I was driving the other day and an Arnold Bread Truck went by me as I was at a red light. The truck was wrapped in a picture of their famous potato bread. I remembered the taste instantly. Soft, but a little heavy, sweet and more dense than traditional white bread. I used to buy it because the name reminded me of my grandmothers’s homemade Salt Risen Bread. She was the master at making Salt Risen Bread. People would come to the house and give her 50 cents for a loaf on Thursdays. That was the day she made a large batch for the family and a few friends that loved the taste of the heavy, dense, cake like bread that melted in your mouth. It was a sour dough bread of sorts made from the fermentation of potatoes. The process would start the night before and not be completed until the bread came out of the wood fired stove the next afternoon. That was the bread we ate and loved. It was used for sandwiches, sliced with butter and jelly or toasted for breakfast. In fact one of my favorite ways was a slice covered with her famous homegrown green beans and broth.
Wait, what are you saying right now? Why is Dr. Dulaney talking about bread? Why is she reminissing about things we no longer are supposed to eat? Why is she making me hungry for bread? How could she? Because we all do. You see bread has been around for 30,000 years. It has kept people alive in times of famine. Wheat contains B vitamins, iron, carbohydrates, and protein. Some call beer liquid bread because it is made very similar. The byproduct of wheat, water, and yeast is alcohol. Baking the bread removes the alcohol and water yielding bread instead of beer. I digress. When you eat a piece of bread the carbohydrate disolves in your mouth yielding the craved, sugar. Only after chewing is the protein left in the form of gluten. We love bread because we get a shot of energy, a shot of sugar, and a shot of dopamine. Some of us cannot handle that quick shot of sugar. The breads of today are made to be soft and easily disolve to give us even a quicker hit of sugar. They melt in your mouth. Extra sugar is even added along with oil and a bunch of softening agents. Instant gratification on all counts.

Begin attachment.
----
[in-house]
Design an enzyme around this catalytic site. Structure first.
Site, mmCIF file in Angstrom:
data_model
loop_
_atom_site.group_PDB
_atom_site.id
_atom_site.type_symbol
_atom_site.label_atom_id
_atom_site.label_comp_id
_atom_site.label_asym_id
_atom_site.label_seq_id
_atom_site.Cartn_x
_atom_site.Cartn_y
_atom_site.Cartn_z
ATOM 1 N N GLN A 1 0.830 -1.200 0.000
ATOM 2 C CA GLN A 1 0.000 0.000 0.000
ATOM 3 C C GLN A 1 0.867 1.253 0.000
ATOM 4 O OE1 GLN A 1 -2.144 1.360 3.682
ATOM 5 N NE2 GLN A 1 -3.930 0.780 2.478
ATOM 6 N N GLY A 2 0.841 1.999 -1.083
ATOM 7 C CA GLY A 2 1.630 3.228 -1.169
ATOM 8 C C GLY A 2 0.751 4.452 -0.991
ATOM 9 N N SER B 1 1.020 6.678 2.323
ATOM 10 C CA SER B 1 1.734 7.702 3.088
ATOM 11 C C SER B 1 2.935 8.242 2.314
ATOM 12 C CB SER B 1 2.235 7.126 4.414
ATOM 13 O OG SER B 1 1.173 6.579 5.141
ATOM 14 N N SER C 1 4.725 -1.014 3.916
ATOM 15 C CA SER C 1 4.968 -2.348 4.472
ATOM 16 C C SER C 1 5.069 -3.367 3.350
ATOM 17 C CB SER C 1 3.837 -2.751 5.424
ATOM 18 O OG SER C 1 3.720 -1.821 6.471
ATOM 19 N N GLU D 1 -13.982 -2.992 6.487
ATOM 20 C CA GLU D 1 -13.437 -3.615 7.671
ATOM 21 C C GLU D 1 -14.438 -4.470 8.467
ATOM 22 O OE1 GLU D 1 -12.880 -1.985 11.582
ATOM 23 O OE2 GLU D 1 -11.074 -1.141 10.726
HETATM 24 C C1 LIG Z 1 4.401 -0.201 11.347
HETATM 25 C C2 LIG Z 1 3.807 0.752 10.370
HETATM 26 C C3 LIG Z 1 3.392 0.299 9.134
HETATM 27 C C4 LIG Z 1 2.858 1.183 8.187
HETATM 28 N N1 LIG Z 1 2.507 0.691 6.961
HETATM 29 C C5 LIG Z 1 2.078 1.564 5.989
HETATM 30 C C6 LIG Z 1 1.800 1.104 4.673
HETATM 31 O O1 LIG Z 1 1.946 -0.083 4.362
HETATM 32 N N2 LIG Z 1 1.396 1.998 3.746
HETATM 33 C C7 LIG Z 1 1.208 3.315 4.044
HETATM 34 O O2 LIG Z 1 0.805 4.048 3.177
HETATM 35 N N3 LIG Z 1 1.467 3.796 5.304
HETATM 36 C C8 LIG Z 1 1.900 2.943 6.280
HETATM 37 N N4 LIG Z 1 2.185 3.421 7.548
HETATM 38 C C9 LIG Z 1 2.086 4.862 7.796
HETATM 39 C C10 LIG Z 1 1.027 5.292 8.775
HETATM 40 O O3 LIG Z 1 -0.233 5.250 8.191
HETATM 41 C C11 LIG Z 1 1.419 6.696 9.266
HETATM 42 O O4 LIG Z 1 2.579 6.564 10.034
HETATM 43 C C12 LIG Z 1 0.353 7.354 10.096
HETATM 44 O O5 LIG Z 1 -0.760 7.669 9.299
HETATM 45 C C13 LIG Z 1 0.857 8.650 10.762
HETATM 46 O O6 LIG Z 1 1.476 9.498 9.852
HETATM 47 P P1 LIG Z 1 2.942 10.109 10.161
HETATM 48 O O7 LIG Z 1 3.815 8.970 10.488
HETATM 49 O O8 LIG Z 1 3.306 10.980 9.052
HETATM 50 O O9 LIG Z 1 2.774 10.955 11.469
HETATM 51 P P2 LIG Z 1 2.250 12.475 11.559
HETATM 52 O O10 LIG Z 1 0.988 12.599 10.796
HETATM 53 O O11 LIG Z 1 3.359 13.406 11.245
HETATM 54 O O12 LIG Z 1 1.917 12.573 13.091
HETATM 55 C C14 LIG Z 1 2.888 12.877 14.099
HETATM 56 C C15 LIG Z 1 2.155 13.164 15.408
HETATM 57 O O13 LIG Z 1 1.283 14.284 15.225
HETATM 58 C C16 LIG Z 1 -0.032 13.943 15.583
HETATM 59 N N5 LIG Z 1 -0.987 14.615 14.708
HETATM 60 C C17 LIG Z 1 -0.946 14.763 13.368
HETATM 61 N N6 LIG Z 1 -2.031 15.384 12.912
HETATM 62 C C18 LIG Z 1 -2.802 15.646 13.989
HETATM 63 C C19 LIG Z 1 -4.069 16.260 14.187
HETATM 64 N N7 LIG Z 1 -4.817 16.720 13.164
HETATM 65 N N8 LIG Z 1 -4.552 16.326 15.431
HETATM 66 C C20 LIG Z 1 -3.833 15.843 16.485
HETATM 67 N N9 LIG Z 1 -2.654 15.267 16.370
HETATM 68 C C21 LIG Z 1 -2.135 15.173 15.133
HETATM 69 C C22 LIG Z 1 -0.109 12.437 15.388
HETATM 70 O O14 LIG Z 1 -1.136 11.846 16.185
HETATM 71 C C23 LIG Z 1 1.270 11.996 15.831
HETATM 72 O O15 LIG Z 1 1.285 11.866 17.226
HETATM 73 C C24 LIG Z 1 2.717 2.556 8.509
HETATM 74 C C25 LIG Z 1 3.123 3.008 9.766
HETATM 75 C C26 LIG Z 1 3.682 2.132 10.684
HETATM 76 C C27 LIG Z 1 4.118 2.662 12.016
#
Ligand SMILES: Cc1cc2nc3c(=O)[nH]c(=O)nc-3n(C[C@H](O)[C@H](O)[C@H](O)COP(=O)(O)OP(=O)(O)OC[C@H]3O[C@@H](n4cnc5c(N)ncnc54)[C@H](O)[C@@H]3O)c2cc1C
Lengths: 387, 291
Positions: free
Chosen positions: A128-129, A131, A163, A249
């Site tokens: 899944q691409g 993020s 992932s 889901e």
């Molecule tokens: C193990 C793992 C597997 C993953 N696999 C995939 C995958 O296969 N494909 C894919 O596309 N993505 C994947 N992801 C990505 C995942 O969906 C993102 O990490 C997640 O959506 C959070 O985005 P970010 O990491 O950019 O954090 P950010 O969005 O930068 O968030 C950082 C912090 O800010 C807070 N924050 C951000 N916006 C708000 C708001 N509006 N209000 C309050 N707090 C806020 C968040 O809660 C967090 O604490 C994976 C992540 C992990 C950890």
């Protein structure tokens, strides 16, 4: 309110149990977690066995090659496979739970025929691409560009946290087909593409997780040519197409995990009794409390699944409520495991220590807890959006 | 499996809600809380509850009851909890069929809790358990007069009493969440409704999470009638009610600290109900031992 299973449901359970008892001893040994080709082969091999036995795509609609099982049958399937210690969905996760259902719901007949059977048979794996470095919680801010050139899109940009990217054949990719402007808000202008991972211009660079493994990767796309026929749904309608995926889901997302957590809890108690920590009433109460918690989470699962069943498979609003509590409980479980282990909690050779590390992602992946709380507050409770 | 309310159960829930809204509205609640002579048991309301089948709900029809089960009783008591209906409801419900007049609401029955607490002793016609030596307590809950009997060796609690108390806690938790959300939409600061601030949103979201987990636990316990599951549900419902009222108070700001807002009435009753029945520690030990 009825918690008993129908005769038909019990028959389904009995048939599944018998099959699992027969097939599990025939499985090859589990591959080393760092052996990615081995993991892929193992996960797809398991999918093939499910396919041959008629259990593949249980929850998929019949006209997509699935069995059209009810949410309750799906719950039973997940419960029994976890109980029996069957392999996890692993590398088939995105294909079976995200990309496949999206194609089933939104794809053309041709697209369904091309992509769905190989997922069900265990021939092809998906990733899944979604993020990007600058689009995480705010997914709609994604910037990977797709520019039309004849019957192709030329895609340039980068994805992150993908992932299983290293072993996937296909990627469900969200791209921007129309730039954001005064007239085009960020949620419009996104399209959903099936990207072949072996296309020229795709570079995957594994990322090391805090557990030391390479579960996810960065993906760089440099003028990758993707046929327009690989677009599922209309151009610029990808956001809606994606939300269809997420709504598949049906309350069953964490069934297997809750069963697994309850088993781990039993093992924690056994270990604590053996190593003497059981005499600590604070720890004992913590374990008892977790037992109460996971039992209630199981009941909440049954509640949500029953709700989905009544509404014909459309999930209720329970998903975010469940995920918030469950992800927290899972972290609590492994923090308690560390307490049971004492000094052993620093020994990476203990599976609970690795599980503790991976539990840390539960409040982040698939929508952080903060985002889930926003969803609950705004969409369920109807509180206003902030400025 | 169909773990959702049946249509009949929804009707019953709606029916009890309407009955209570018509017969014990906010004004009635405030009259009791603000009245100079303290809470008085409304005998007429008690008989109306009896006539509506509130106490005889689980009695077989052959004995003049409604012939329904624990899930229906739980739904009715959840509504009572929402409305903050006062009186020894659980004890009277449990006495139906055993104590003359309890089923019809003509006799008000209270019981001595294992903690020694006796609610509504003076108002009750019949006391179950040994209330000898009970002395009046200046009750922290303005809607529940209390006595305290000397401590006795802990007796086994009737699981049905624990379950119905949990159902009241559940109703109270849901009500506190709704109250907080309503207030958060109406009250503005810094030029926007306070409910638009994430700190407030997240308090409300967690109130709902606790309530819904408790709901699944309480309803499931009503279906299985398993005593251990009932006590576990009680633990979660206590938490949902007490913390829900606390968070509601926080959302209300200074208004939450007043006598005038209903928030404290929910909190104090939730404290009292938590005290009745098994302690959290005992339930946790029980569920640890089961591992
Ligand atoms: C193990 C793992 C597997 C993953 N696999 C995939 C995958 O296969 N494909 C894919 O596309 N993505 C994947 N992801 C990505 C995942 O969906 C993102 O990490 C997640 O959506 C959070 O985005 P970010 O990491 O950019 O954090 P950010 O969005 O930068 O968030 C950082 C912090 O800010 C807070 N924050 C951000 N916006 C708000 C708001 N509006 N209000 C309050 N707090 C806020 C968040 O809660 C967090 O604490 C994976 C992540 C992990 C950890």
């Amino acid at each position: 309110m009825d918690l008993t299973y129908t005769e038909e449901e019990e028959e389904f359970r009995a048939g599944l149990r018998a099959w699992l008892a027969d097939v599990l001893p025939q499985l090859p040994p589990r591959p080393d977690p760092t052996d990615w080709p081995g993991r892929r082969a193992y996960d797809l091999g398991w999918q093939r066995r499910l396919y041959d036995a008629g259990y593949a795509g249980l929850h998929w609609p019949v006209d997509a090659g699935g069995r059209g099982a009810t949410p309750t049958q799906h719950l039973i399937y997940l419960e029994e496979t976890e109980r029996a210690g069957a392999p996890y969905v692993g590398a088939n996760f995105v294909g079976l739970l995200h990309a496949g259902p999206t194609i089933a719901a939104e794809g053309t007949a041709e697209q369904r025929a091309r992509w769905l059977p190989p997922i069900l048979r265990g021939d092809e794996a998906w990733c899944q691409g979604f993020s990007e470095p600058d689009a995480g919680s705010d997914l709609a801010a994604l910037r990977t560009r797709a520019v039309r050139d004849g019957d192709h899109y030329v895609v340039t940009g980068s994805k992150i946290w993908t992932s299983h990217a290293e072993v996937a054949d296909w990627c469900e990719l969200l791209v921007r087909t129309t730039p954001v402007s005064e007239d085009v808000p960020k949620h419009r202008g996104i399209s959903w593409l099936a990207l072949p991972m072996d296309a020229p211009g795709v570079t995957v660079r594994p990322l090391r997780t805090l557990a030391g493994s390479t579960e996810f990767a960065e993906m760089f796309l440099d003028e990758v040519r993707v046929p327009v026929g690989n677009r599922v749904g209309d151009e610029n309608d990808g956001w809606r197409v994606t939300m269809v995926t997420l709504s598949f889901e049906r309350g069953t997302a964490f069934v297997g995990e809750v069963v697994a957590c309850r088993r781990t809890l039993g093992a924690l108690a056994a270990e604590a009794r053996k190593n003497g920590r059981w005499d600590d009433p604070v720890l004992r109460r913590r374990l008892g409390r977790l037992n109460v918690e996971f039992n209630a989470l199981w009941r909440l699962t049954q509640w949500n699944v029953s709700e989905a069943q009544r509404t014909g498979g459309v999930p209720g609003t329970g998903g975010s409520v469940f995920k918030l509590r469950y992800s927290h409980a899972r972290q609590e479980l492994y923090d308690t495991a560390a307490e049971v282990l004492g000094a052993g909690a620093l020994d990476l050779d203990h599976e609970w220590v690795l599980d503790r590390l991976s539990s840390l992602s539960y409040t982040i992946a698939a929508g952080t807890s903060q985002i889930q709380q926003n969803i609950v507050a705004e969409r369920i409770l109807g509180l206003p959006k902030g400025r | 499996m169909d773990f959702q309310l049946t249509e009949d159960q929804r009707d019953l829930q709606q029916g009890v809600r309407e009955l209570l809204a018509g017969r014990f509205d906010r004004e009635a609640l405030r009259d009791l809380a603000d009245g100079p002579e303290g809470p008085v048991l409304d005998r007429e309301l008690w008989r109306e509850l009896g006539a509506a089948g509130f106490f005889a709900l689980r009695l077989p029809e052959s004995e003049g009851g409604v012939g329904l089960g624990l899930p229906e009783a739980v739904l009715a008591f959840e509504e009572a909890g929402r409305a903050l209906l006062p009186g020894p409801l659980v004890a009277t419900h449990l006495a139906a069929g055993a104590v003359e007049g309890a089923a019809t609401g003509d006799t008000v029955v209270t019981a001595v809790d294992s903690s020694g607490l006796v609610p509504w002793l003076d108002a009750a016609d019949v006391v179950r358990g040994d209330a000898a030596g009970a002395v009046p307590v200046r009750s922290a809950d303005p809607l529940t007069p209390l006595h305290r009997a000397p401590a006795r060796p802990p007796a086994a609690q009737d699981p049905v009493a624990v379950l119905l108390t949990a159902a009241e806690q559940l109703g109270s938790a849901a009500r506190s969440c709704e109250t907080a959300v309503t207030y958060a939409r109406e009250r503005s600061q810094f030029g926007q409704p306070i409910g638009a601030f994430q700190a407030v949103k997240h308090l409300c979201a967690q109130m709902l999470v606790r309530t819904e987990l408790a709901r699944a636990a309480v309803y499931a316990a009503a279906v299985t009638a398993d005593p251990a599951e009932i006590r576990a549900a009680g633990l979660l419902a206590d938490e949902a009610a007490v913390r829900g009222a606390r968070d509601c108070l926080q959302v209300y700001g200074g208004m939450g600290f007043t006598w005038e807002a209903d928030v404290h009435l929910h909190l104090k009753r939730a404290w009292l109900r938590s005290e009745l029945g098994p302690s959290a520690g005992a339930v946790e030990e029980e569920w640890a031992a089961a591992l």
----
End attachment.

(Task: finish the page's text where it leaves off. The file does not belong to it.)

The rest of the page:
Glucose is the preferred fuel of our brains. So what is wrong with feeding our brains something that tastes so good like bread? As I said earlier, the breads of today have a lot more ingredients than water, flour and yeast. But those other ingredients don’t slow down our ability to consume it. They actually cause us to consume more. More fat and more sugar. What about my grandmothers Salt Rizen Bread or homemade Sour Dough Bread? They are fermented (good for your microbes? possibly.) They have carbohydrates, B vitamins, and protein. All good. But we need a lot of other things to make our bodies healthy such as phytonutirents and antioxidants. Whole grain breads do contain fiber and that is why we should choose them. However, they also may contain added sugar and other ingredients to make them soft and sweet. That is why the wheat is stripped of the more bitter or sour bran in the first place.
So what’s is a girl to do when the bread truck rolls by. Just reminise about the old days until the light turns green, or head to grocery store and pick up ingredients to make Salt Rizen Bread? I ask myself; how will the food help me to be healthy? I only need a finite number of calories each day, but I need the other nutrients to help combat disease and deterioration. If I were to eat too many calories from bread, I am not getting the most nutrients from my calories. I also run the dopamine surge risk of the sugar hit making it hard to stop at one slice of bread. Perhap we should treat bread as a special food as many of our ancestors did. Break bread with friends and be mindful. Be grateful for them, and the abundance food choices that we have today that allow us to attain ultimate health and wellness.
Don’t forget to check out the rest of the website and get your tickets for the 4th Annula Charlotte County Plant Based Nutrition Conference, March 30, 2019 in Punt Gorda Florida.